Point is – – – – IMHO All old vehicles regardless of year make model etc. are someones cherished project (unless they’re a flipper)
      I for one appreciate all the vehicles – – -some more than others of course.
      I once owned a 1942 Mercury (american Model) back in 1960 – – – all original 30.000 mile car – – – damn I wish I still had that rare beauty. ( amongst others that have escaped from me).
      Oh yes it was a 4 door too – – one of the other members in our car club had a 2 door which was lowered and custom upholstery. wisjte

      2
  8. Ken Carney

    Fair price for what you get. After seeing
    some real basket cases here for the same amount of money, this is a real treat! I could really have someone drive
    it back to my house in Winter Haven with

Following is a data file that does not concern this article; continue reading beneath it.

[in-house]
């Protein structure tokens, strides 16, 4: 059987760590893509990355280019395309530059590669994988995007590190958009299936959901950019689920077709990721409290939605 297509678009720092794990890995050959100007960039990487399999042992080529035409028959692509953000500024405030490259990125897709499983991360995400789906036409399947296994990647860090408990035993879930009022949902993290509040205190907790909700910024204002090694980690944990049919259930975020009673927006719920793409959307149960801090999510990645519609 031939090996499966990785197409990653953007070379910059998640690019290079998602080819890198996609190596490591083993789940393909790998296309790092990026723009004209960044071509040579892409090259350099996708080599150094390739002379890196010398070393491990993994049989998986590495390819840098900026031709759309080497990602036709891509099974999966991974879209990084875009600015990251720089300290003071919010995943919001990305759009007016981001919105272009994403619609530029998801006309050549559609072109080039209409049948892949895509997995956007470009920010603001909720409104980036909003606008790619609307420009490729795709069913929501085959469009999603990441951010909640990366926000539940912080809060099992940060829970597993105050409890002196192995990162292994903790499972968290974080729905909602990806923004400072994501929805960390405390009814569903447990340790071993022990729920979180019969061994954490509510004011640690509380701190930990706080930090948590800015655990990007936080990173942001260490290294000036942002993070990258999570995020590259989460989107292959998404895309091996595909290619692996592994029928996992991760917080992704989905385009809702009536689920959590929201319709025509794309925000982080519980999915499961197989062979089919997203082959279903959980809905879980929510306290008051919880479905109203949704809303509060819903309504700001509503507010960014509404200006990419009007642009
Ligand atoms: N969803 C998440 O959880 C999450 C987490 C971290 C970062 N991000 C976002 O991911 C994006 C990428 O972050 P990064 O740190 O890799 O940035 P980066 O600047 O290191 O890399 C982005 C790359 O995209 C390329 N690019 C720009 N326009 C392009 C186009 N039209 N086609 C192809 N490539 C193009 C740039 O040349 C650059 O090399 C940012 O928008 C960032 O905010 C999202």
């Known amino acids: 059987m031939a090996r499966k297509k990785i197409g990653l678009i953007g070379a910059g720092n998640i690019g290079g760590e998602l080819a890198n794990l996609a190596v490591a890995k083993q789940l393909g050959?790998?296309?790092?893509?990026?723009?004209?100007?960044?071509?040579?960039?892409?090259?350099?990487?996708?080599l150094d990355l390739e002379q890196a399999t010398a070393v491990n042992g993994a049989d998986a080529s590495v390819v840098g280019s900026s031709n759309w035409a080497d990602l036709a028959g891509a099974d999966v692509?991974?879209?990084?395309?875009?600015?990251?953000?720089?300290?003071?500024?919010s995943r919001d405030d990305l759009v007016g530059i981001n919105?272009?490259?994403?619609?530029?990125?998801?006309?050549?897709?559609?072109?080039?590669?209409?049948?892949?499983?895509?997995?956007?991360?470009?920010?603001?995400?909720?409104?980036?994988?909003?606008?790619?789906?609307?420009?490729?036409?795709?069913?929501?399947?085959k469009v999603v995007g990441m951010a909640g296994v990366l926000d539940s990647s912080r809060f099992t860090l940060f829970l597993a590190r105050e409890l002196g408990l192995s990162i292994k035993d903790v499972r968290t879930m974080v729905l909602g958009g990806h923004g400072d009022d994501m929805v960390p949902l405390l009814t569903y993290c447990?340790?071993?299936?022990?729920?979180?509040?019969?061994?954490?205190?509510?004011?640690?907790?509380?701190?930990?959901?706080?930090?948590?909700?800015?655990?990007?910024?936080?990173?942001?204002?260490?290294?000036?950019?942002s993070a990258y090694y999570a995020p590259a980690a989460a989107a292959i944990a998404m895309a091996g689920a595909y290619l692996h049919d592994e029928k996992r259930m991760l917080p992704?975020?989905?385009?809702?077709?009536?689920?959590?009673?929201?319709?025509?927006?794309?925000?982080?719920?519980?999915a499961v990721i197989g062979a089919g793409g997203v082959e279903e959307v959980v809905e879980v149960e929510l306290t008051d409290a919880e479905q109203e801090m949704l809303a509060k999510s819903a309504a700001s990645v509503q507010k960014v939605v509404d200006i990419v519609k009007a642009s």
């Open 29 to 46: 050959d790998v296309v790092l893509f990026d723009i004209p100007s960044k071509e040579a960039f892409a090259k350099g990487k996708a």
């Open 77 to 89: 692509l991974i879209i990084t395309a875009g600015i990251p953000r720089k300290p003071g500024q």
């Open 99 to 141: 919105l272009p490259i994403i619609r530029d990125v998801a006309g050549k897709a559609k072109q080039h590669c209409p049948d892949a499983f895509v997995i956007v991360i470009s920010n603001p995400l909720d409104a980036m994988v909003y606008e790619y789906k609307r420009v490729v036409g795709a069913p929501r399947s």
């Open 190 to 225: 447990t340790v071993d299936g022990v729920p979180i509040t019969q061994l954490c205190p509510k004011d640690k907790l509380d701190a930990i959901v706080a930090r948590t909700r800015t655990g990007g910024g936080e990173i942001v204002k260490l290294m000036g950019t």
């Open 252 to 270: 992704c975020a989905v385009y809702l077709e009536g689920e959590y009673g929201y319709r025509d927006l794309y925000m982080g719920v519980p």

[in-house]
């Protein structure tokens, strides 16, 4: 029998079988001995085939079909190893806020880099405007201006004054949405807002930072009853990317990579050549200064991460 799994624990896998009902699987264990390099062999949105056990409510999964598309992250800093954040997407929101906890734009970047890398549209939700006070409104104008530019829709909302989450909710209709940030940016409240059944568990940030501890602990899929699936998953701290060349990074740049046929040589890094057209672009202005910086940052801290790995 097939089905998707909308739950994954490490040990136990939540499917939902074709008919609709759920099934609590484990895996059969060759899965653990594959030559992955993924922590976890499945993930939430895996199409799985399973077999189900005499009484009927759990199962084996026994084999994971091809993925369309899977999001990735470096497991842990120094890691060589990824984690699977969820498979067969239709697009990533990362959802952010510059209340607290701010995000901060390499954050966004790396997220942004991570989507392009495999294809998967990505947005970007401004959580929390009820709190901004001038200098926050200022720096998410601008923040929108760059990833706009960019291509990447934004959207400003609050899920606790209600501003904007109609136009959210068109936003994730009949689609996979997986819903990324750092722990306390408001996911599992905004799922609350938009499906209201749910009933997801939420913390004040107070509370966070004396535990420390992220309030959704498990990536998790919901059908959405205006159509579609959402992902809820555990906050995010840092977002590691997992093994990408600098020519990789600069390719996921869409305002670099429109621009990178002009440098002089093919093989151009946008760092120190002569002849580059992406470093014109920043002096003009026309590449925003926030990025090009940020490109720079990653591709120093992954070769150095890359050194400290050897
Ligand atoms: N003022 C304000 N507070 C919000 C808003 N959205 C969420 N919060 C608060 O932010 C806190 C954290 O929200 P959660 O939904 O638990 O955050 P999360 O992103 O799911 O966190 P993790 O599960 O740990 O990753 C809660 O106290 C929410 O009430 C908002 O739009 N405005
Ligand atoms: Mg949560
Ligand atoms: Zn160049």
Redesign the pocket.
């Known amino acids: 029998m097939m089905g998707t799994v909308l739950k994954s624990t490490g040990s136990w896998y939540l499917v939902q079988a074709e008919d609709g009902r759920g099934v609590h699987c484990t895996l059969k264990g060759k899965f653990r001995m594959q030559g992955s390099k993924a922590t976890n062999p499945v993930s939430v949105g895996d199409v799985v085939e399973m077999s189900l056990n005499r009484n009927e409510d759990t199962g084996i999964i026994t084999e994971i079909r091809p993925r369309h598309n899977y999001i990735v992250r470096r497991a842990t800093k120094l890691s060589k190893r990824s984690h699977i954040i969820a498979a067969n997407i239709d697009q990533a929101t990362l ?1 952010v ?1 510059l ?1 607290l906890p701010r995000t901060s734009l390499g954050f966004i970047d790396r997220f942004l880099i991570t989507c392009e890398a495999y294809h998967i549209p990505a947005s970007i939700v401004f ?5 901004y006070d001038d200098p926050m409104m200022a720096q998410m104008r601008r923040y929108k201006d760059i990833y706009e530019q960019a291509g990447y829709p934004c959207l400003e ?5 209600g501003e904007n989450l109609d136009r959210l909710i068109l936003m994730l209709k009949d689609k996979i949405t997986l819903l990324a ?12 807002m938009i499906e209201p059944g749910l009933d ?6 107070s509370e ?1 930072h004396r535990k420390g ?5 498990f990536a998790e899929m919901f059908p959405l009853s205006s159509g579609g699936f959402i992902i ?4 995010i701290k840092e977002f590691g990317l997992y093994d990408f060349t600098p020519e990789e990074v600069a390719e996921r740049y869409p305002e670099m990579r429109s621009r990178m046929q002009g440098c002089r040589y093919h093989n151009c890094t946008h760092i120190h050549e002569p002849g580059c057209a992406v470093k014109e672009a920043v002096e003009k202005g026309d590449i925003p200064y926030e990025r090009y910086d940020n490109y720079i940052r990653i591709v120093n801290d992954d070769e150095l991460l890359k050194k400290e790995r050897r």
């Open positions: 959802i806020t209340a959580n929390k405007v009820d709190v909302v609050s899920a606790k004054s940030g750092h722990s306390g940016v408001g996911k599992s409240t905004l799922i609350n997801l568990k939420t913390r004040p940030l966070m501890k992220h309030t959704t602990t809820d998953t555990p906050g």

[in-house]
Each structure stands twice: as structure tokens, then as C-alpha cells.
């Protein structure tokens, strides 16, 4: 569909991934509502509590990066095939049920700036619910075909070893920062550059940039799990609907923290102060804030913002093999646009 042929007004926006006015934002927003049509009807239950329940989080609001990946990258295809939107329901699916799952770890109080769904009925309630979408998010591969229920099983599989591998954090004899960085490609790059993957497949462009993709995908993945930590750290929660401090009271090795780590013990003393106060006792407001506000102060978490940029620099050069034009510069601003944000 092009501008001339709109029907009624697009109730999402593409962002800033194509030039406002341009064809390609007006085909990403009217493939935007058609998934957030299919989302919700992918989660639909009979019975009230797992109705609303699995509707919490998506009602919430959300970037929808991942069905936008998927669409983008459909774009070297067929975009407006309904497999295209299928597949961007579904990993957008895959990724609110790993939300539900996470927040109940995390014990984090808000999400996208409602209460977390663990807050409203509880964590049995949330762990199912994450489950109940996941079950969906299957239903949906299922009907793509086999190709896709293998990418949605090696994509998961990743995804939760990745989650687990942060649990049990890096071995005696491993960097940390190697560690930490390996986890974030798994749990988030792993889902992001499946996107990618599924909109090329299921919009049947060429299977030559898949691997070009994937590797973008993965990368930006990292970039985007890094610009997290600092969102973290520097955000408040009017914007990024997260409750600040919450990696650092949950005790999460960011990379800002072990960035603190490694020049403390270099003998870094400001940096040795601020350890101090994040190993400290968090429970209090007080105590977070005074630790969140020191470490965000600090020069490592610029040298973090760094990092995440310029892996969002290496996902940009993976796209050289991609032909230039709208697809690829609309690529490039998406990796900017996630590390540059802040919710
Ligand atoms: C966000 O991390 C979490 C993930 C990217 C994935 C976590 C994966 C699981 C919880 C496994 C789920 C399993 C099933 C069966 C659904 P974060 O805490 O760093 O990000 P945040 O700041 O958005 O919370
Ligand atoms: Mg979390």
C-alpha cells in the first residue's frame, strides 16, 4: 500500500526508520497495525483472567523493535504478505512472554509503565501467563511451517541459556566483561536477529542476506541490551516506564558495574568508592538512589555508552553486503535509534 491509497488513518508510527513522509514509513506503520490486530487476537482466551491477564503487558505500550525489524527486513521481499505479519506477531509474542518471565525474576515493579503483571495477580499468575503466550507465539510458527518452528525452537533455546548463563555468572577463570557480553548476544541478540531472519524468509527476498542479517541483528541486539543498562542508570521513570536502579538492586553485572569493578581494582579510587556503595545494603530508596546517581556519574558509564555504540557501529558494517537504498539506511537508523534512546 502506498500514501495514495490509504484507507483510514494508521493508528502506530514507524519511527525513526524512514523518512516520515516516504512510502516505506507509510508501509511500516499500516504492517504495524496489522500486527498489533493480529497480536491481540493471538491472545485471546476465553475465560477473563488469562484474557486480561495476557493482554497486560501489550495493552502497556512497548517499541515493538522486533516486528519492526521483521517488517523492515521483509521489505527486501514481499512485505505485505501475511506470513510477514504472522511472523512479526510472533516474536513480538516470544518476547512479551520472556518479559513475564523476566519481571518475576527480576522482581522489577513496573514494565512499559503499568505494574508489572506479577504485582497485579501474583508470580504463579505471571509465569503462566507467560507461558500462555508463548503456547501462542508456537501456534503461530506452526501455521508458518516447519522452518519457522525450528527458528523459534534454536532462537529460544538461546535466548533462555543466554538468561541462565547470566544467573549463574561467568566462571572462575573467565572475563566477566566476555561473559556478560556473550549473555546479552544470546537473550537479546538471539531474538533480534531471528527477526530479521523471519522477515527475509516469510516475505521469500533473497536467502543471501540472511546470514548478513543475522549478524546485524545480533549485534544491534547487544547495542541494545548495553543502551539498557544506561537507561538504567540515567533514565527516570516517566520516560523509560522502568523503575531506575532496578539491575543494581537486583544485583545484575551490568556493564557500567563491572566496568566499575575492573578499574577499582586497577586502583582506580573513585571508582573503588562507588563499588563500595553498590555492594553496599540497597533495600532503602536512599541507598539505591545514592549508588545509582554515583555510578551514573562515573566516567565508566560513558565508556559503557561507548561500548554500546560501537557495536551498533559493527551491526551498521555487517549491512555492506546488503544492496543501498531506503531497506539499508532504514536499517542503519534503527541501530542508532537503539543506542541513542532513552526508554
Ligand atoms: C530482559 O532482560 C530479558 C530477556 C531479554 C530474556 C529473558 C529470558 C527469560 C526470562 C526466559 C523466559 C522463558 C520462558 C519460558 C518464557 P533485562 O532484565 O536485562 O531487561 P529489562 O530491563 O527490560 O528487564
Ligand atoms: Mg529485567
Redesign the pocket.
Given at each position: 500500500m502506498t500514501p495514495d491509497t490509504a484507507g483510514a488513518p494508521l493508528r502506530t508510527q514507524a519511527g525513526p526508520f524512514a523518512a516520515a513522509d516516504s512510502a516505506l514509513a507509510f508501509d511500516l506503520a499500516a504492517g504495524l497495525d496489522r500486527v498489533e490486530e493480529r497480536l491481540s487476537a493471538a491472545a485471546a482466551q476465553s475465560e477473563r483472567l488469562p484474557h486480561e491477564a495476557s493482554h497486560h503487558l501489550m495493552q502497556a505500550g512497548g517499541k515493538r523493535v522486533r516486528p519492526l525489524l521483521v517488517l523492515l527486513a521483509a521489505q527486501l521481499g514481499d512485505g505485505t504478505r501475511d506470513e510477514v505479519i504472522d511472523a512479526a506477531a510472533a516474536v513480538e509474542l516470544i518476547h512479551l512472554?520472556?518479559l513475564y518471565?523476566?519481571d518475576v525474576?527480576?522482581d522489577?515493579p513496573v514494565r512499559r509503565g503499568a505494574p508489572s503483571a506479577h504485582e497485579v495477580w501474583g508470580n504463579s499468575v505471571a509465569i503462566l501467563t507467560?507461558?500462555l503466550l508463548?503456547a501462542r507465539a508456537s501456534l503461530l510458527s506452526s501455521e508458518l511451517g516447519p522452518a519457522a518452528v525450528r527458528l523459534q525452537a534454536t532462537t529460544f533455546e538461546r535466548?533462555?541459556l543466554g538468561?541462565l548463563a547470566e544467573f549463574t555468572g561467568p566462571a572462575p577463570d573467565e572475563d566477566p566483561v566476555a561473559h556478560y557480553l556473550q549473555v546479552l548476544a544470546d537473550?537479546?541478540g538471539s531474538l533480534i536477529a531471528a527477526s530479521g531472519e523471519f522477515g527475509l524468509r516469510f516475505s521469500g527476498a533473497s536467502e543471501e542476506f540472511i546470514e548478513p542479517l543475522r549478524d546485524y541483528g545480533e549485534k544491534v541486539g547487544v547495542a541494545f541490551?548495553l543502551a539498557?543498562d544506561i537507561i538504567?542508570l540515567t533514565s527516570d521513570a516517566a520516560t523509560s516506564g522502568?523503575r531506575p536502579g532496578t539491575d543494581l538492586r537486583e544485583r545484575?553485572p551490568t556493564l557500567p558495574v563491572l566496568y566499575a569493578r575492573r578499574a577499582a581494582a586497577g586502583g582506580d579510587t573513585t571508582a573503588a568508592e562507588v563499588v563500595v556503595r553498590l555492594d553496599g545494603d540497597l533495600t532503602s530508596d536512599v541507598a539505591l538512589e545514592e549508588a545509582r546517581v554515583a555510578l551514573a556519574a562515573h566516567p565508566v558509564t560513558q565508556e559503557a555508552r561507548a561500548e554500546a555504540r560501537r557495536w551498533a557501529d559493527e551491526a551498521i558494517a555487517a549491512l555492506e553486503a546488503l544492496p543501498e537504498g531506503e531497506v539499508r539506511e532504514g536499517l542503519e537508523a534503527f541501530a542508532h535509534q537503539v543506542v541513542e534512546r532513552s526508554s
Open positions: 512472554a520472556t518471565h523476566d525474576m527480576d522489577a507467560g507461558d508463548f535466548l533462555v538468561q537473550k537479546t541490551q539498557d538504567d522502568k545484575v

no worries! I believe Johnny Carson
    drove one of these too.

    4
  9. FordGuy1972

    What a nice car. I don’t mind the minor deviations from original, most guys who could spot them are long gone anyway. I hope it’s not modified, just leave it as is. Looks like a very nice turn-key classic at a good price.

    8
  10. Frank Shearer

    Believe the dash should be woodgrain, not body colour. A lot of cars from this era have had the woodgraining done away with. While it is a lot of work to disassemble the interior bits to redo it, the woodgraining is not that hard to do. I redid my 1939 Plymouth in my basement over a winter. If you are going to restore a car to the level this one seems to be, it’s a shame not to do the interior to the original specs. It is a beautiful car though.

    5
  11. BR

    A little detail I loved about these cars was the little lighted jewel on the speedometer pointer that changed color the faster you drove. Iirc, it was green up to 35 mph, then amber to 55 mph, then red from then on. I think Plymouth also had that feature.

    3
    • Frank Shearer

      My 39 Plymouth also had it.

      3
  12. bigdoc

    Beautiful car and the price is good.

    3
  13. Ed P

    Excellent condition and a very fair price. It looks like all it needs is a driver.

    3
  14. Del

    Sweet Dodge
    but

    only worth 6 grand

    • SMS